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What is exception chaining in Java?

Tarun Telang

Grokking Modern System Design Interview for Engineers & Managers

Ace your System Design Interview and take your career to the next level. Learn to handle the design of applications like Netflix, Quora, Facebook, Uber, and many more in a 45-min interview. Learn the RESHADED framework for architecting web-scale applications by determining requirements, constraints, and assumptions before diving into a step-by-step design process.

Overview

Exception chaining occurs when one exception causes another exception. The original exception is the cause of the second exception.

In Java, a chained exception is an exception that is caused by another exception. Chained exceptions are associated such that the previous exception causes each exception in the chain. It can help debug, as it can help us track down the root cause of an error.

Exception chaining

We can use exception chaining in situations where another exception causes one exception. However, it's important to note that chaining can make our code more difficult to read and understand. Therefore, we should use exception chaining sparingly and only when necessary.

If we use chained exceptions, it is a good idea to document the chain in our code. It'll help others understand our code and make it easier to debug if an error occurs.

Example

For example, if an InputStream throws an IOException, and the InputStream's read() method throws an EOFException, then the EOFException is the cause of the IOException. The following code demonstrates the use of chained exceptions:

main.java
file.txt
import java.io.*;
class ChainedExceptionDemo {
public static void main(String[] args) throws IOException{
try {
throw new IOException("IOException encountered")
.initCause(new EOFException("root cause is EOFException"));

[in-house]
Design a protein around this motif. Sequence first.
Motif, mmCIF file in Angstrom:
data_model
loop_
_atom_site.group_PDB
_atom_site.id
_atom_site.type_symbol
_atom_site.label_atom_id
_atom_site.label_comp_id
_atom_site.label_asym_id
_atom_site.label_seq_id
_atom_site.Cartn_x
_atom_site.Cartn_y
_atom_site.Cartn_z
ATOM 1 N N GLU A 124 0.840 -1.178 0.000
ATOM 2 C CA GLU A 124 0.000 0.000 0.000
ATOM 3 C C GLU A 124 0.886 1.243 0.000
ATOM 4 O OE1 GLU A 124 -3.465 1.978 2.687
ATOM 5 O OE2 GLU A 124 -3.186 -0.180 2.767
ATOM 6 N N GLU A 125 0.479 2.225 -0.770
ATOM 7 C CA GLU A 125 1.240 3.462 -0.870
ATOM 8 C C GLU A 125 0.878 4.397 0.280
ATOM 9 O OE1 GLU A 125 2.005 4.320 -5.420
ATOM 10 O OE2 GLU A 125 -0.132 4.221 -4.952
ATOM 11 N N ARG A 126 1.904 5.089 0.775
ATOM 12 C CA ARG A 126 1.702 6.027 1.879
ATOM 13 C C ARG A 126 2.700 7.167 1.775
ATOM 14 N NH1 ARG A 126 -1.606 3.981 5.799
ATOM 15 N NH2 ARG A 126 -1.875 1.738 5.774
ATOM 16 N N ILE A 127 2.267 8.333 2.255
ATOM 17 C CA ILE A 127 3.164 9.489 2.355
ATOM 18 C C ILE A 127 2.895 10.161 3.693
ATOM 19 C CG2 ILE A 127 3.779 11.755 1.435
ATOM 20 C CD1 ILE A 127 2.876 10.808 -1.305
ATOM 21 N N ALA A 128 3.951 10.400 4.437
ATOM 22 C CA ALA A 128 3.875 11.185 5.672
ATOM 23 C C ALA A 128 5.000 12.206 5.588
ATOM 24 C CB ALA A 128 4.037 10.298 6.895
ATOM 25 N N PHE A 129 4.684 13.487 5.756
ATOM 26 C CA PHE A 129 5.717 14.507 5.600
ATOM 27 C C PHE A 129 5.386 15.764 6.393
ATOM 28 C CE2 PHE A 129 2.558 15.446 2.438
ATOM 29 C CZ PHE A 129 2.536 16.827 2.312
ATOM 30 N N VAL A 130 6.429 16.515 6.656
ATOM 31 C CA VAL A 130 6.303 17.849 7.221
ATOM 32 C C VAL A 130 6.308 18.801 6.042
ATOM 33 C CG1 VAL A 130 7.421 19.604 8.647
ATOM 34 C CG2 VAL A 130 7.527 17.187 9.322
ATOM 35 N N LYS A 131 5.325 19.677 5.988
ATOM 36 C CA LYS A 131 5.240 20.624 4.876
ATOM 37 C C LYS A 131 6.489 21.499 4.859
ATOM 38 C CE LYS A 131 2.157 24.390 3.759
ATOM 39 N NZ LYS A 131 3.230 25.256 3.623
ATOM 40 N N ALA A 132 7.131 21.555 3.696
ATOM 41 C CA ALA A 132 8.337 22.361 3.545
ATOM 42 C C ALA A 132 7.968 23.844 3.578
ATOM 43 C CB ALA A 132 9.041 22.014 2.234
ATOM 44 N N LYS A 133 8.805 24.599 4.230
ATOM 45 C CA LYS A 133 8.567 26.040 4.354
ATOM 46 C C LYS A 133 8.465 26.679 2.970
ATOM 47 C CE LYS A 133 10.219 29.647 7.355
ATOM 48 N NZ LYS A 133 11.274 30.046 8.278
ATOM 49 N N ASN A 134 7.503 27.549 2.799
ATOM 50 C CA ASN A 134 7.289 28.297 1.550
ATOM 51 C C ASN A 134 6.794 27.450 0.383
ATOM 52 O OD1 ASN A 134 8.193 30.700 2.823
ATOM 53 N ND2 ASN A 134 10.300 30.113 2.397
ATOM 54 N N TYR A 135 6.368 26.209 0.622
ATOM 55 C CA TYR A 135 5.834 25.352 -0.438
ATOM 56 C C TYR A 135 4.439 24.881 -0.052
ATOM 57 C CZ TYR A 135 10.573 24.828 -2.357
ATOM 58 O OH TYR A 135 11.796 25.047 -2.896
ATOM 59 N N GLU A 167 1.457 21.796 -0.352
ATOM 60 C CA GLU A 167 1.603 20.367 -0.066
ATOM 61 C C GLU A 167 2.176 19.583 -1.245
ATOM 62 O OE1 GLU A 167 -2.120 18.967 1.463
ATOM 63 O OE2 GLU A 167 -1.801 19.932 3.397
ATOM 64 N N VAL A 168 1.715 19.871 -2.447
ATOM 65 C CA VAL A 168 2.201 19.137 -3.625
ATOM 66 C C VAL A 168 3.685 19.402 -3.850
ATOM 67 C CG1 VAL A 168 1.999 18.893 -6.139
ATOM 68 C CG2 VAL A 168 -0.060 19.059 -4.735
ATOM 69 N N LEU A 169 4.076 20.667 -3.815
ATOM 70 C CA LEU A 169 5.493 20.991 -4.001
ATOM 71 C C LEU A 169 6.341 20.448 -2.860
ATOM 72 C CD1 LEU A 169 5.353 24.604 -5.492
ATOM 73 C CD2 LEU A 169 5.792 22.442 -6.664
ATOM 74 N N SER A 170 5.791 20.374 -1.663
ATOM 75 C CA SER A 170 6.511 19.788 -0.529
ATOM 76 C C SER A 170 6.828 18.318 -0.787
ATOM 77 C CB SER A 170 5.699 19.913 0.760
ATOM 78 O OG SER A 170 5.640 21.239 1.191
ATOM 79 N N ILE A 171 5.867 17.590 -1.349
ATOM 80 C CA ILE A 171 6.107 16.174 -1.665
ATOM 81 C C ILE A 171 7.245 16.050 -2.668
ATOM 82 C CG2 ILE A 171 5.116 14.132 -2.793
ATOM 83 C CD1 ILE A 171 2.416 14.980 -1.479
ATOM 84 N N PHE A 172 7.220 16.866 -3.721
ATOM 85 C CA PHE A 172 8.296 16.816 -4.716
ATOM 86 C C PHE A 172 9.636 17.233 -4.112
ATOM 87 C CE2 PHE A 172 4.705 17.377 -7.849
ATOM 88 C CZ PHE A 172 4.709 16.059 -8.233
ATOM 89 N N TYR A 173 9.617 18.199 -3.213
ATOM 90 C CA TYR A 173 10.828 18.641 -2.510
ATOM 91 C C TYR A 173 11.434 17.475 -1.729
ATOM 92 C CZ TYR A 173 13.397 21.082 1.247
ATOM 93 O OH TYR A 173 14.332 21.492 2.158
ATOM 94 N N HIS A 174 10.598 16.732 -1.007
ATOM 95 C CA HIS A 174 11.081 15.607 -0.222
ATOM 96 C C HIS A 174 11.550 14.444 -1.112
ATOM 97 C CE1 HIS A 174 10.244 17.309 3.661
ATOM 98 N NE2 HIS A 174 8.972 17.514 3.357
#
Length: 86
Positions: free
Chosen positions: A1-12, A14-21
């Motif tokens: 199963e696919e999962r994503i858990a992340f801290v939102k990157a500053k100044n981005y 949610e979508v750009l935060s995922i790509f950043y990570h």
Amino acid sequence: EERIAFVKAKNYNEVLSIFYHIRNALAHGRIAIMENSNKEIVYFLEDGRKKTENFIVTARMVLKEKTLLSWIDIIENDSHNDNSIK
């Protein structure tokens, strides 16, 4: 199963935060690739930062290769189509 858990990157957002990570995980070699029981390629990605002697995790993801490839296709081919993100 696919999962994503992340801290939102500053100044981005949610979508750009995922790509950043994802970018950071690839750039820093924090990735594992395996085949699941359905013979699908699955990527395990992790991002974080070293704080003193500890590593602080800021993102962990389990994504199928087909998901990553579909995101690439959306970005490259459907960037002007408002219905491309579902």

} catch (Throwable e) {
// Handle the IOException
System.out.println("Caught exception -> " + e);
// Handle the EOFException here
EOFException eof = (EOFException) e.getCause();
System.out.println("The cause is -> " + eof);
}
}
}
Code example showing usage of exception chaining

In the above code, exception chaining allows us to handle both exceptions in a single catch block. If we want to access the original exception (the "cause"), we can use the getCause() method.

Conclusion

In this Answer, we learned about chained exceptions in Java, how they are useful for debugging, and how to create a chain of exceptions. We also learned how to access the original exception (the "cause") by calling the getCause() method on the exception.

RELATED TAGS

java

Grokking Modern System Design Interview for Engineers & Managers

Ace your System Design Interview and take your career to the next level. Learn to handle the design of applications like Netflix, Quora, Facebook, Uber, and many more in a 45-min interview. Learn the RESHADED framework for architecting web-scale applications by determining requirements, constraints, and assumptions before diving into a step-by-step design process.

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